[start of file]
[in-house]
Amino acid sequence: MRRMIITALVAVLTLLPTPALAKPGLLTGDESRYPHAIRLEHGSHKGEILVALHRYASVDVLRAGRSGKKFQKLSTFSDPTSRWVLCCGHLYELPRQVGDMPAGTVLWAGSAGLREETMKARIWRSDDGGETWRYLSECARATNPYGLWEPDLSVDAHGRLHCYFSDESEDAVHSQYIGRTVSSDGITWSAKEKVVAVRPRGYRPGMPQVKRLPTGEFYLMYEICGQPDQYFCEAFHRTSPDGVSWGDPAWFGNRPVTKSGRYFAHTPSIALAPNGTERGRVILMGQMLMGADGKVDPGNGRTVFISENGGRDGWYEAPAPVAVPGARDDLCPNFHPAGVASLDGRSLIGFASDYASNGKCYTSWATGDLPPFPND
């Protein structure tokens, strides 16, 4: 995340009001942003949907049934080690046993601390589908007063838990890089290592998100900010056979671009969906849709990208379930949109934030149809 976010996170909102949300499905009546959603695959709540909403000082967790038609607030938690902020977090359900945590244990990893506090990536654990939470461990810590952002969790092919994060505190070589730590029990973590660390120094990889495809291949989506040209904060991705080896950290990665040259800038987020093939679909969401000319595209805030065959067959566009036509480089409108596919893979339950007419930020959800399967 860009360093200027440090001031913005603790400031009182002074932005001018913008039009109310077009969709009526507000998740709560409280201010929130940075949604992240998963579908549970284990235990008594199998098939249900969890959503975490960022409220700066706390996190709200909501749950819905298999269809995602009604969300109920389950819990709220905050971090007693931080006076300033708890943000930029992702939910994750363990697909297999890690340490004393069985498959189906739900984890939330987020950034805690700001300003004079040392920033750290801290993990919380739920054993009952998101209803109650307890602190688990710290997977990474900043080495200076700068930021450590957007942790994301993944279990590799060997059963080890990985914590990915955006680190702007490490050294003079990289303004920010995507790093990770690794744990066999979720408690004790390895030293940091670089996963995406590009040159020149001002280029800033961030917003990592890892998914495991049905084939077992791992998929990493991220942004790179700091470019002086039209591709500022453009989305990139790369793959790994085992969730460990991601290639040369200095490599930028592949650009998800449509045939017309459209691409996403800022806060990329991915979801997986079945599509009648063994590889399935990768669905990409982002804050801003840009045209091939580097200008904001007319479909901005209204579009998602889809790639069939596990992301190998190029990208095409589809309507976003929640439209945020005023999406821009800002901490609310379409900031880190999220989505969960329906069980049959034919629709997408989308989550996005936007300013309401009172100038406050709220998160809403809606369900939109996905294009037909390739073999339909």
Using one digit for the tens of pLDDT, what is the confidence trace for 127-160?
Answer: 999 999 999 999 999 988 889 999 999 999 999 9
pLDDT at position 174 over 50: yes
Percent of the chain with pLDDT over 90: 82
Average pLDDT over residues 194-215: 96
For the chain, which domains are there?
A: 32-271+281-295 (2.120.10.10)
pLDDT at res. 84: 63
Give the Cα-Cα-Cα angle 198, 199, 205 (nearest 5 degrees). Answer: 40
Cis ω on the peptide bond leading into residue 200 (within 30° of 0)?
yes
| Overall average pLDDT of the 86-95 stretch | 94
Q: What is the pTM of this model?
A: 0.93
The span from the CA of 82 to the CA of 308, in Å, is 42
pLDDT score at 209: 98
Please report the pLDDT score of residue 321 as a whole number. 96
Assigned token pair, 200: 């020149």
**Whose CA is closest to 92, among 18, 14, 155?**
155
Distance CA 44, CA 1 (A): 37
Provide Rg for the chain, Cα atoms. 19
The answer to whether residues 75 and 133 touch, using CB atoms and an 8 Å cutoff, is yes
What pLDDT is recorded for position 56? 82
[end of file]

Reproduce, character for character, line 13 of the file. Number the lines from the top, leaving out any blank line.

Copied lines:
Cis ω on the peptide bond leading into residue 200 (within 30° of 0)?